If you fire up “xcode”, you get the option to create a python cocoa project. This sets up a basic structure for your Mac python application. Inside xcode, you can draw the user interface in the “Interface Builder” with input fields, labels, buttons and so on.
OSX uses a model/view/controller (MVC) architecture for the applications, so you need to write a controller now to react to events in your fresh user interface. The controller is a python file. You normally have placeholders for the events and actions and link them with xcode (drag/drop) to the user interface, though you also can do it with python.
In case you wonder about all the prefixed names (NSSomething, NSAnother, IBSomething): objective-C doesn’t have namespaces like python, so everything needs a prefix (NS for NextStep, IB for interface builder, etc.)
When you do this, you program with Cocoa. Cocoa is build with objective-C. Objective-C is open, but it is basically useless without Cocoa. Cocoa is a set of classes to create OSX (and iphone) programs. Strong MVC support. There are lots of libraries (webkit and so).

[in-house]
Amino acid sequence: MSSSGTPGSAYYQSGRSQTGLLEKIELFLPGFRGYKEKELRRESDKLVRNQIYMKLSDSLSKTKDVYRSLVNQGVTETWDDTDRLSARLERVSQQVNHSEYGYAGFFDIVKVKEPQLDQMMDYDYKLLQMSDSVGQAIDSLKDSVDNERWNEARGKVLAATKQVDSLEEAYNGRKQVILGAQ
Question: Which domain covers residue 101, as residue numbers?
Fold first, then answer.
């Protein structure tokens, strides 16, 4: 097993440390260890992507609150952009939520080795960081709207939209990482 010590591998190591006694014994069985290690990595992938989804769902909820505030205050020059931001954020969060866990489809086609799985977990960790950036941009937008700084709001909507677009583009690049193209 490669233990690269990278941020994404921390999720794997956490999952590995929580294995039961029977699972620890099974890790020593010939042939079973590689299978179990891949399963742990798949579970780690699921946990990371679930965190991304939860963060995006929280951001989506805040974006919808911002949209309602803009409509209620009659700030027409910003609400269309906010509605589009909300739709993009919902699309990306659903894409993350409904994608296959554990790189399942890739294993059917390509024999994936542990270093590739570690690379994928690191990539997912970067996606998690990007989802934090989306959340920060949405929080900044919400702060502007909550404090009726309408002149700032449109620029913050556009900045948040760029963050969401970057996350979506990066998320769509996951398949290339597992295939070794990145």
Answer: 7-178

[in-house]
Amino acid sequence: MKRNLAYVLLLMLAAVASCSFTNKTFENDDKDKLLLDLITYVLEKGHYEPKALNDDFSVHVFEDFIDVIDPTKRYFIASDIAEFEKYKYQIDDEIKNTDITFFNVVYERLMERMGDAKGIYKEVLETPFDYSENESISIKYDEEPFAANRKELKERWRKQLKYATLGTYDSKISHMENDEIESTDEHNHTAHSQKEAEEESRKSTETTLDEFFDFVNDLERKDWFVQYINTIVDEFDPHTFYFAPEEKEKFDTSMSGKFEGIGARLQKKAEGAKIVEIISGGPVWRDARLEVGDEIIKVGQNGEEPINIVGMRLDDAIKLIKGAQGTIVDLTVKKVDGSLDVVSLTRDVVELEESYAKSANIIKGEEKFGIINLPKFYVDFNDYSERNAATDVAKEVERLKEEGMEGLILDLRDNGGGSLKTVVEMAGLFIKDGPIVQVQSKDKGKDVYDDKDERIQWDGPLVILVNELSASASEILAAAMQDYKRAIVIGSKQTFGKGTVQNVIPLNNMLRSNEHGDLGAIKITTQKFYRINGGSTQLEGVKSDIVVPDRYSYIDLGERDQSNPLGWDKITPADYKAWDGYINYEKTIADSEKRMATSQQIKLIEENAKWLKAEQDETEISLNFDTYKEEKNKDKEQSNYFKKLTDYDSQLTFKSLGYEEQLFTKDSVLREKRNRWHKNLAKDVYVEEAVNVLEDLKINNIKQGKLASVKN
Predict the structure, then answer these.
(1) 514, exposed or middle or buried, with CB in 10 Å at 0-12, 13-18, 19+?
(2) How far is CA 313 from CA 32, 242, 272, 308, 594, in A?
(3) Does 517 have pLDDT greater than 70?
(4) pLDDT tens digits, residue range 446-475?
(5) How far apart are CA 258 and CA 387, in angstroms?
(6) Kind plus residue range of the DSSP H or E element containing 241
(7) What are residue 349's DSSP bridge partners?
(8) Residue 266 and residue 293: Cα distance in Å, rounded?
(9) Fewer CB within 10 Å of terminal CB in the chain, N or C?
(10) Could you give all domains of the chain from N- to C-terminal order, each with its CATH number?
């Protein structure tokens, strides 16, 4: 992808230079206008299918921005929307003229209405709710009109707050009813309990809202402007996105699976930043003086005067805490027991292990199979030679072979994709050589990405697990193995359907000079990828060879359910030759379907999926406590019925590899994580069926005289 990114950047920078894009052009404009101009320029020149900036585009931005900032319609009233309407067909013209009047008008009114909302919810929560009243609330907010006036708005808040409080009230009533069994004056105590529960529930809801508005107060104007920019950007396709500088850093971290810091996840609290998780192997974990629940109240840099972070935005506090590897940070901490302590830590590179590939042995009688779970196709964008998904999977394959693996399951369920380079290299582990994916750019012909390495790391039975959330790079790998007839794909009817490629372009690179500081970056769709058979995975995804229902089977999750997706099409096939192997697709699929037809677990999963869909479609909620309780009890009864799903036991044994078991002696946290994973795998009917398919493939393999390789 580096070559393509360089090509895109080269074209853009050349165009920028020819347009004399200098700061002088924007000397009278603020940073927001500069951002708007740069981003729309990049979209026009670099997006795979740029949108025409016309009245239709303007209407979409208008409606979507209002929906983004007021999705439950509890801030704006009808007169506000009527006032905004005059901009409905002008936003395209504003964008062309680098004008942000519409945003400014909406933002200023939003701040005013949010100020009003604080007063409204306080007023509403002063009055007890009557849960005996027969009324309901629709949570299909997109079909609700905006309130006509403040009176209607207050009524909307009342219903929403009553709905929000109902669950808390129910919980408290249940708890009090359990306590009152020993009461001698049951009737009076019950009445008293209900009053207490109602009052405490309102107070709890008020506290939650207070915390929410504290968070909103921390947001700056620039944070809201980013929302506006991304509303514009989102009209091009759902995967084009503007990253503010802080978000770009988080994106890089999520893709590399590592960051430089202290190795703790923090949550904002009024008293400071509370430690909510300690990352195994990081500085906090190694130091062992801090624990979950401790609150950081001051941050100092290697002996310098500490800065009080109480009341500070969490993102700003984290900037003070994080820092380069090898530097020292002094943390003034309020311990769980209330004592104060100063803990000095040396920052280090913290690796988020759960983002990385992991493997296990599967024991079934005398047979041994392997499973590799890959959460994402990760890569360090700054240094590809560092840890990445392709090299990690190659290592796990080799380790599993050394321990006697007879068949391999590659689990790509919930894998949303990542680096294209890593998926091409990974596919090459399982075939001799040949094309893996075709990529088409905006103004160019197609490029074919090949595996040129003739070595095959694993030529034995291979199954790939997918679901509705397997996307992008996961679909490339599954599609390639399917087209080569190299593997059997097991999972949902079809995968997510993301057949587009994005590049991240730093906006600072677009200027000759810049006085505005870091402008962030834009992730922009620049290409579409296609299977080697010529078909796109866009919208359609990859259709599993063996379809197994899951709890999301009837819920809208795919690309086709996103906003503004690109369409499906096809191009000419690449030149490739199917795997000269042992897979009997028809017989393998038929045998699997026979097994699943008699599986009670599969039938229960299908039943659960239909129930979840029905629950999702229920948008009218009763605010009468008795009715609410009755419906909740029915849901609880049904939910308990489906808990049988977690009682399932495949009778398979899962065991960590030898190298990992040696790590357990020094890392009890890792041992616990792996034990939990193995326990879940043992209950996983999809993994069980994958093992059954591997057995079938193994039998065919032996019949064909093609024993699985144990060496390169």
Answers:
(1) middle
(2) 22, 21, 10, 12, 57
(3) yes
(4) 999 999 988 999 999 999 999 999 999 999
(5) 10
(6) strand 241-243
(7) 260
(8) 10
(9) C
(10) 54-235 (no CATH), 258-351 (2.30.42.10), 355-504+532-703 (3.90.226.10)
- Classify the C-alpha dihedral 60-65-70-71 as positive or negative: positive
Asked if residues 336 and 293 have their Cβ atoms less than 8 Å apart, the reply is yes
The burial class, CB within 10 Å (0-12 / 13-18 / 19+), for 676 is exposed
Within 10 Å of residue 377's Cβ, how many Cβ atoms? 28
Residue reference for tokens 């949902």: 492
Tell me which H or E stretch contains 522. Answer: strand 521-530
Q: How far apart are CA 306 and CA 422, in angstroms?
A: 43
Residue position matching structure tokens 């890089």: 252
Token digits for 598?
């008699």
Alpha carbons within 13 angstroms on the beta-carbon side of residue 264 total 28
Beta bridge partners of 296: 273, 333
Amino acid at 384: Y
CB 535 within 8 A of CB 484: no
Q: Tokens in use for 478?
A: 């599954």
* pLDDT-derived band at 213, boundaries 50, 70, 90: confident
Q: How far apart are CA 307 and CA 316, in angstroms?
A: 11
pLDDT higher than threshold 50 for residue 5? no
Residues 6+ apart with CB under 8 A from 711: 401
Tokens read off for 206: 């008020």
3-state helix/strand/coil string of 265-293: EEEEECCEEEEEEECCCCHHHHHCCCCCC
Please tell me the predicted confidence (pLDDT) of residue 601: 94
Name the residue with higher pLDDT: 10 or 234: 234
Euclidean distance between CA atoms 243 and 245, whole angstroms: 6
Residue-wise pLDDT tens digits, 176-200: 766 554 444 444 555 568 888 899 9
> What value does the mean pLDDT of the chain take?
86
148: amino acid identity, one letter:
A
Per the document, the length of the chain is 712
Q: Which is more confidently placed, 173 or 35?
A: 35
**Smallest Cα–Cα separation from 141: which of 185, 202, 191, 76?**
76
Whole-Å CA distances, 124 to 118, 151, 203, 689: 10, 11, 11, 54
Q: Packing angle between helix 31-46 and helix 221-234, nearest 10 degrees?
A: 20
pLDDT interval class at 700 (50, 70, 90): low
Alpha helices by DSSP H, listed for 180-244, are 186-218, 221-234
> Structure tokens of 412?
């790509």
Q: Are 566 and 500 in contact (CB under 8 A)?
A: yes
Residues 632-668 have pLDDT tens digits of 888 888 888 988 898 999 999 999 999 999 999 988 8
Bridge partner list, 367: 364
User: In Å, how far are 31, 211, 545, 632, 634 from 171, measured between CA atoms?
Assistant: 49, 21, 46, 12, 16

PyObjC is a bridge that allows you to interact with Cocoa classes. Three warnings:
You must learn Cocoa.
You will curse all other UI toolkits.
You can’t develop for the iPhone.
Your python NSObject subclasses must adhere to Cocoa conventions as they’re just proxied objects. This means that they’re not really pythonic. You simply have to follow the cocoa conventions. The good news is that after a while you get used to it. A handy feature (as objective-C uses getters and setters methods that don’t look that well in python) is the key/value support which translates pretty well to python properties (so something that calls a getter/setter behind the scenes).
Conclusion: it is not as easy as you’d ideally want. But it is straightforward once you get used to it. And, to repeat, you need to learn Cocoa and objective-C anyway. It is possible to write a nicer wrapper, such as Ruby has apparently done. But it takes a lot of work. And there’s something to be said for the current straightforward system.
My name is Reinout van Rees and I work a lot with Python (programming language) and Django (website framework). I live in The Netherlands and I'm happily married to Annie van Rees-Kooiman.
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